As mentioned before, in contrast to other channel estimation methods, especially LS based methods, CS based approaches can recover the CIR via much less pilot subcarriers for OFDM systems. As a result, in [10, 20], if the actual or effective number of DoF (Degree of Freedom) is much less than the maximum number of DoF in a channel, a channel can be defined as a “sparse” one. For sparse channel estimation, the recovery results by CS based methods are the channel characteristic parameters, that is, channel taps, Doppler frequency offset, channel delay, and distorted phase. Then, the channel matrix can be reconstructed depending on the recovered results. In [2, 3], the authors give the definition of CS and two important preconditions, RIP and uncorrelated measurement vectors. Moreover, Berger et al. summarizes the CS based channel estimation methods . Consider a standard linear measurement model:where is an -vector of responses that can be represented in an arbitrary basis, , with the weighting coefficients . is an -vector of random noise with variance . In general, is an unknown -vector, and denotes an measurement matrix. When CS based channel estimation is used for OFDM systems, the measurement matrix commonly consists of some columns of a 2-dimensional DFT matrix that obeys the RIP condition due to the orthogonality of rows and columns. According to the RIP, the isometry constant of as the smallest number such thatholds for all -sparse vectors, another representation of actual DoFs, where is denoted as the -norm. For frequency-selective fading channel, using 1-dimensional DFT matrix is usually effective and reliable for signal reconstruction. However, in the case of doubly selective fading channel, a 2-dimensional DFT matrix is essential. At the receiver, one can derive to obtain an estimate. Here, we have to highlight an easily overlooked point that the solution result of CS is not an estimate of a channel matrix, but a CIR matrix, for 2D case, which represents the path’s characters (delay-angle-Doppler shift) of a multipath channel. In general, the CS problem can be solved by two kinds of approaches, basis pursuit (BP) and matching pursuit (MP) . The former is an norm based approach that has some well-known algorithms, for example, LASSO and DS (Danztig Selector) [22–24]. The latter is a dynamic programming based greedy algorithm. However, no matter which approach we take, the computational cost is quite high due to large-scale matrix calculations.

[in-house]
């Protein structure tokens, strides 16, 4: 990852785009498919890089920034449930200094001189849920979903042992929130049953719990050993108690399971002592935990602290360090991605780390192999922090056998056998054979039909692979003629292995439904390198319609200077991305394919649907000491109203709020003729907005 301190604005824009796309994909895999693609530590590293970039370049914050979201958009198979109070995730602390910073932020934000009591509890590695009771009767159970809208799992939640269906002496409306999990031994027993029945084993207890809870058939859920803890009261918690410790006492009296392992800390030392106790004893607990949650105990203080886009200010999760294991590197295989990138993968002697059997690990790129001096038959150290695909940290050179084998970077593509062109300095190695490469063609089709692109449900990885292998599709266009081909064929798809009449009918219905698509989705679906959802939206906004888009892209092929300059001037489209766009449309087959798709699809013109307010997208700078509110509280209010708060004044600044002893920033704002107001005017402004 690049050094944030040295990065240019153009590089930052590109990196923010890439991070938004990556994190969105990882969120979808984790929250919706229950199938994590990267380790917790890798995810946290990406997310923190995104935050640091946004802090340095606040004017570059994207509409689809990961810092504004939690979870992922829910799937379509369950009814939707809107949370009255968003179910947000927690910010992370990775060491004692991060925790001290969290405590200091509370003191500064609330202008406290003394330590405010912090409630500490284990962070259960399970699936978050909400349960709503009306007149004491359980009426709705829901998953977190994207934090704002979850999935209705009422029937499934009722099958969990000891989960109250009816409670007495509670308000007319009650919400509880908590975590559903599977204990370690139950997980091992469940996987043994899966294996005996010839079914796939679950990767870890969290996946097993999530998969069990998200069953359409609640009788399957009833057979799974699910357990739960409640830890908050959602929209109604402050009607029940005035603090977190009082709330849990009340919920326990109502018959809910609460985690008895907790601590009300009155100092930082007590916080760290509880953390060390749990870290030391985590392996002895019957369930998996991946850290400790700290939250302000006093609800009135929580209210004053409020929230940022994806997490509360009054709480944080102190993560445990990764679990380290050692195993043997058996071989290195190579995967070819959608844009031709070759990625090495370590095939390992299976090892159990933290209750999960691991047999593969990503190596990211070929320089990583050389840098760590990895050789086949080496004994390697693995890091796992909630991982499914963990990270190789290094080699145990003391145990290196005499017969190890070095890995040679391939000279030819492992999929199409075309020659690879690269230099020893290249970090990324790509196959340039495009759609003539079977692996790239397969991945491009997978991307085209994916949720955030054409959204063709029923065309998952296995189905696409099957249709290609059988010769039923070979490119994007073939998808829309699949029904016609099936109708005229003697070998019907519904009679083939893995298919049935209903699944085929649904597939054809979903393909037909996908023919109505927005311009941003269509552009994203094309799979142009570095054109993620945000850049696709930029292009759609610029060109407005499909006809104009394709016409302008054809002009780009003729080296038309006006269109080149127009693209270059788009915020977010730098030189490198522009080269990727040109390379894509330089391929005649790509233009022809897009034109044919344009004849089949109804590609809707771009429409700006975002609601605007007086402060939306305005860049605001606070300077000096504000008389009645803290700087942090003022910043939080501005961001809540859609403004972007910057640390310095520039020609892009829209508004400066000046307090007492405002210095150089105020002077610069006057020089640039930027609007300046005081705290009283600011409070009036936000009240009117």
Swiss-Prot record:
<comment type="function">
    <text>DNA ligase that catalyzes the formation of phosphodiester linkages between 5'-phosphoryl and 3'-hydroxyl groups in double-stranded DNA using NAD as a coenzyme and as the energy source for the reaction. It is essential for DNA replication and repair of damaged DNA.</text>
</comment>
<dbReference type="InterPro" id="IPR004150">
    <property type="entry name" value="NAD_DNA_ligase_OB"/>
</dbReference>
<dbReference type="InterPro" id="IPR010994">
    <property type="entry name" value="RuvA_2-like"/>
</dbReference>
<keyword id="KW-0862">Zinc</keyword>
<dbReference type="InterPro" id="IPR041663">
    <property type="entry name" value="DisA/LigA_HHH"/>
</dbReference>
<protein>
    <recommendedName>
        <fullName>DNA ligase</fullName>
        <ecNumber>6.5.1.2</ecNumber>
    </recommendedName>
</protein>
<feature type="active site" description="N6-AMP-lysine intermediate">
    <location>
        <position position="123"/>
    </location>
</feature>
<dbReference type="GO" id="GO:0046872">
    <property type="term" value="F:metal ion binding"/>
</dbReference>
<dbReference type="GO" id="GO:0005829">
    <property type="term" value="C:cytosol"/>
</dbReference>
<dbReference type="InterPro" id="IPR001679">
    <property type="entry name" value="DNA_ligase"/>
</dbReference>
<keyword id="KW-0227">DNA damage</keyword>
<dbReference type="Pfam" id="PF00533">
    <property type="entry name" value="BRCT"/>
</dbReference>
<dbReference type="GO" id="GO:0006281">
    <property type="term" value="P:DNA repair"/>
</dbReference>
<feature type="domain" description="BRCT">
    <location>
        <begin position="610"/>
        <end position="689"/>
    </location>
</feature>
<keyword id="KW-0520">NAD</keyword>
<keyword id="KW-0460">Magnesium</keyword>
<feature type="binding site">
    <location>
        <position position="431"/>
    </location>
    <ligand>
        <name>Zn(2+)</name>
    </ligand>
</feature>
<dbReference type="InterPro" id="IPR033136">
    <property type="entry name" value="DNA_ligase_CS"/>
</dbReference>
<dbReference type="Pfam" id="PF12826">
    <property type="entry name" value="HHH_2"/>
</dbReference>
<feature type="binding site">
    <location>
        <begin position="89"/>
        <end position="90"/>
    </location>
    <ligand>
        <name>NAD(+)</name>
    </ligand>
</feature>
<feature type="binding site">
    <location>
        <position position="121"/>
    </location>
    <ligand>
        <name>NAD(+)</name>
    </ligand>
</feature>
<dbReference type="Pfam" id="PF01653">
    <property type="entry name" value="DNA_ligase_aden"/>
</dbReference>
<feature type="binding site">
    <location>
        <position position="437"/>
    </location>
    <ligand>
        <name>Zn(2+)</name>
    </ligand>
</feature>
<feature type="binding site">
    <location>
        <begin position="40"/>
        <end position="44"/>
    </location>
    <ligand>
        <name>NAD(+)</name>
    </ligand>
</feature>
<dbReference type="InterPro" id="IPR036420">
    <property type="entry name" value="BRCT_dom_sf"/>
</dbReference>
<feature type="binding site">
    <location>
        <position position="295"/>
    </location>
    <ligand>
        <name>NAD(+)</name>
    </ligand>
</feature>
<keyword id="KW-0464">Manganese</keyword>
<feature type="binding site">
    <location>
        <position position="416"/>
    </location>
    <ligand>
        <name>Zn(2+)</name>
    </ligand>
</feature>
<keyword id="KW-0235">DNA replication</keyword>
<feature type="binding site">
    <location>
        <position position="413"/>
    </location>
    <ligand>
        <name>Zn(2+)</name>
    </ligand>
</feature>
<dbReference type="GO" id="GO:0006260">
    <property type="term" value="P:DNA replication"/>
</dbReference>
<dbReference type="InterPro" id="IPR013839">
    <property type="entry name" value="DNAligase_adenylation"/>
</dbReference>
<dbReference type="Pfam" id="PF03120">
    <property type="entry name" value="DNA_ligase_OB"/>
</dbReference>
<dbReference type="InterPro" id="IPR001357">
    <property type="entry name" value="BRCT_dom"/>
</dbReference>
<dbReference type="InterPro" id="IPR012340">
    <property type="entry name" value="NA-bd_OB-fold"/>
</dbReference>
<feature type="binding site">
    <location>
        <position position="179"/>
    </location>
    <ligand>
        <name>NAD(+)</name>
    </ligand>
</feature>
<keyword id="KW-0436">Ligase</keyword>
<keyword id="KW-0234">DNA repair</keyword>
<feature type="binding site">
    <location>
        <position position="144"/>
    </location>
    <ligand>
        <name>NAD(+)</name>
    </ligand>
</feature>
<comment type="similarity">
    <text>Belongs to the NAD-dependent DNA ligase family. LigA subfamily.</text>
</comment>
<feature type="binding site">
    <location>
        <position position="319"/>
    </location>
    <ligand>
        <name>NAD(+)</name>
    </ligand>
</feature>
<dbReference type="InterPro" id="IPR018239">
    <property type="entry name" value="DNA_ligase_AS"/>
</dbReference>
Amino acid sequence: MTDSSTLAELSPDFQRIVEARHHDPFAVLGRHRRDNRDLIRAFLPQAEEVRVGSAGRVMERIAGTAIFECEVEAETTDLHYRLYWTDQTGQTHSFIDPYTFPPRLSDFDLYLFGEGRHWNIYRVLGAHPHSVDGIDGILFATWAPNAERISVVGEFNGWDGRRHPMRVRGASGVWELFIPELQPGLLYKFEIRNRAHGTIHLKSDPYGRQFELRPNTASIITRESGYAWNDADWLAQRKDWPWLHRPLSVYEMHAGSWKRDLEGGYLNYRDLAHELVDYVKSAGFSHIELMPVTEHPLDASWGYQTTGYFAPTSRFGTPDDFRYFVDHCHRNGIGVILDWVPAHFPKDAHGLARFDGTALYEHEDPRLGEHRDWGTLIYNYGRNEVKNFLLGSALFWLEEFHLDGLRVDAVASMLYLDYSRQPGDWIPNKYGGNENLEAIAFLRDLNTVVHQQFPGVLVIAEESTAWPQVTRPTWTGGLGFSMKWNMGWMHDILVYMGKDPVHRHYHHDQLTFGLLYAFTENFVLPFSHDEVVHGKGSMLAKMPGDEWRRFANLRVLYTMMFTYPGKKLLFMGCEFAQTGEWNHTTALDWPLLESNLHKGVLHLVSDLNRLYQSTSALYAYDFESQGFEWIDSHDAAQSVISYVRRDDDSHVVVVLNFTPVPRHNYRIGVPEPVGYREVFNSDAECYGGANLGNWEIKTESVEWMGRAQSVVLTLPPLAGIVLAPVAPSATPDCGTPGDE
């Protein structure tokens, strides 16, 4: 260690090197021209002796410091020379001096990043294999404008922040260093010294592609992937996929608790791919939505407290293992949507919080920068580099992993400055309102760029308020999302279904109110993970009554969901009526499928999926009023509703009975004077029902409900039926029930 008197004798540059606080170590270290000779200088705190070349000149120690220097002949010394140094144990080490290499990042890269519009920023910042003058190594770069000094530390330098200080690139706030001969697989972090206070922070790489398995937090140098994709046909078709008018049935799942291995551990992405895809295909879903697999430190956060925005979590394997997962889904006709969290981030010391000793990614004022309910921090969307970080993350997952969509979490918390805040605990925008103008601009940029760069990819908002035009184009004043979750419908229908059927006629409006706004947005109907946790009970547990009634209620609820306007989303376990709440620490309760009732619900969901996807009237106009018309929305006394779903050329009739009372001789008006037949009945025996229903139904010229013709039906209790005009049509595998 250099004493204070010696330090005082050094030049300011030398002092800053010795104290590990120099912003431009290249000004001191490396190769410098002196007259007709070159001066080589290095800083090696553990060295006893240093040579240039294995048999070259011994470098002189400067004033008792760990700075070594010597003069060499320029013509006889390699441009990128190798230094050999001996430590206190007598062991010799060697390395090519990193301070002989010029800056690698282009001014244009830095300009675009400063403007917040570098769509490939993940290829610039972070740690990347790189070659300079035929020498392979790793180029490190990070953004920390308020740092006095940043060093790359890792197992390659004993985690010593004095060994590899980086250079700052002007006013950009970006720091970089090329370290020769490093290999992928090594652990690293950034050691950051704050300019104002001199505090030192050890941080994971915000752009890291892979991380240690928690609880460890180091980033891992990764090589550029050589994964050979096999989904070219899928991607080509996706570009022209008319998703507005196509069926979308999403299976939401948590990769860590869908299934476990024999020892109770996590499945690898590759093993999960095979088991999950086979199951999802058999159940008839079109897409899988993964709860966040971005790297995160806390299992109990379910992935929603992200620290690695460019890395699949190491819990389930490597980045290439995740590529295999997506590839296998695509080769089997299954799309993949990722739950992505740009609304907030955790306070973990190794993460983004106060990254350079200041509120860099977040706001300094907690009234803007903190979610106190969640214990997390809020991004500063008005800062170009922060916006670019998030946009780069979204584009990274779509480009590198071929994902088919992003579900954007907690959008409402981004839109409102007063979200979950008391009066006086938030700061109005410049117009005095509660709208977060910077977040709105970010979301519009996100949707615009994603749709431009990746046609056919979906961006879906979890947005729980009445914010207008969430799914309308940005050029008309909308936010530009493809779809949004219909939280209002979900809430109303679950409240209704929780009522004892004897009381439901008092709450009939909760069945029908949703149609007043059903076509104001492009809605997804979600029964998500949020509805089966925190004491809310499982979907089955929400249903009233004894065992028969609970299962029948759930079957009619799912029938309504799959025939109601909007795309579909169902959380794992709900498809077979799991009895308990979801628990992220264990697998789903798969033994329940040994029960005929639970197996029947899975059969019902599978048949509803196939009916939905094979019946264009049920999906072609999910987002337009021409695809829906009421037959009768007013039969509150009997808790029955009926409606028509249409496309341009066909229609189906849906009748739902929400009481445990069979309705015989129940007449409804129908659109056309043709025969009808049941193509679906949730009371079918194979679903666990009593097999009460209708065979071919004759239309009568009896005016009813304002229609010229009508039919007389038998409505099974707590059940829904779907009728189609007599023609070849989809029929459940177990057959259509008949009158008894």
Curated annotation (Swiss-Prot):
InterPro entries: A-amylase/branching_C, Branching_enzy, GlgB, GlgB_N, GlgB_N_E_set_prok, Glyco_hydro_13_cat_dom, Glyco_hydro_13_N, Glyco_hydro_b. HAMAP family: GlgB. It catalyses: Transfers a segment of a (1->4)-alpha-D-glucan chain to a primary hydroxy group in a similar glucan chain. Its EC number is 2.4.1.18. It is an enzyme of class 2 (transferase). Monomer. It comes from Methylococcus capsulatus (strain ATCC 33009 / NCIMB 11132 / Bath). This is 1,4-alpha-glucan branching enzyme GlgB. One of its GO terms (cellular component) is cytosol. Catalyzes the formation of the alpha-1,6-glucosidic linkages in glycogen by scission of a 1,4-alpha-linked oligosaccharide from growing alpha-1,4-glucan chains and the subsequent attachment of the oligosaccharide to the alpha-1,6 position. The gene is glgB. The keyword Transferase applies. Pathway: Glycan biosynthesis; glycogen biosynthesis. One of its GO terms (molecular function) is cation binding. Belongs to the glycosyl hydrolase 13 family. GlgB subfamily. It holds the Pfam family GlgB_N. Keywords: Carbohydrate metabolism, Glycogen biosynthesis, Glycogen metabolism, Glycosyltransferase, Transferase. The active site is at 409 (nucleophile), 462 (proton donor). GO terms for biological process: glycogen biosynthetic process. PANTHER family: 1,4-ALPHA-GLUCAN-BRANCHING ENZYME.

3.1. Orthogonal Matching Pursuit
The conventional OMP is a greedy algorithm that can solve the CS with relatively low computational complexity, in contrast to most BP based approaches and original MP. The details of OMP are introduced in [12, 13]. OMP aims to solve a sparse LP problem without considering any impact of noise for which (5) would be rewritten as, , where , , and have the similar definitions introduced before. As an iterative algorithm, OMP aims to detect the columns of in a greedy fashion, which is most strongly correlated with the remaining part of . Then, the column with maximum correlated value would be extracted from , while the residual part would be reserved to the next iteration. After iterations, the algorithm will have identified the correct set of columns. Also, one can get an identified matrix and a location index set, both of which would be used to reconstruct a new estimate.
4. Proposed Scheme
The procedure of CS based channel estimation consists of two steps, (1) solving the CS problem and (2) reconstructing the channel matrix. It is worthy of noticing that research about the latter is seldom involved in most literatures. Actually, the results of CS problem are normally not equivalent to the channel estimates. Taking account of the trade-off between reducing the computational complexity and increasing the reconstruction performance, the proposed scheme improves the conventional OMP based channel estimation schemes with the following approaches.
4.1. Measurement Matrix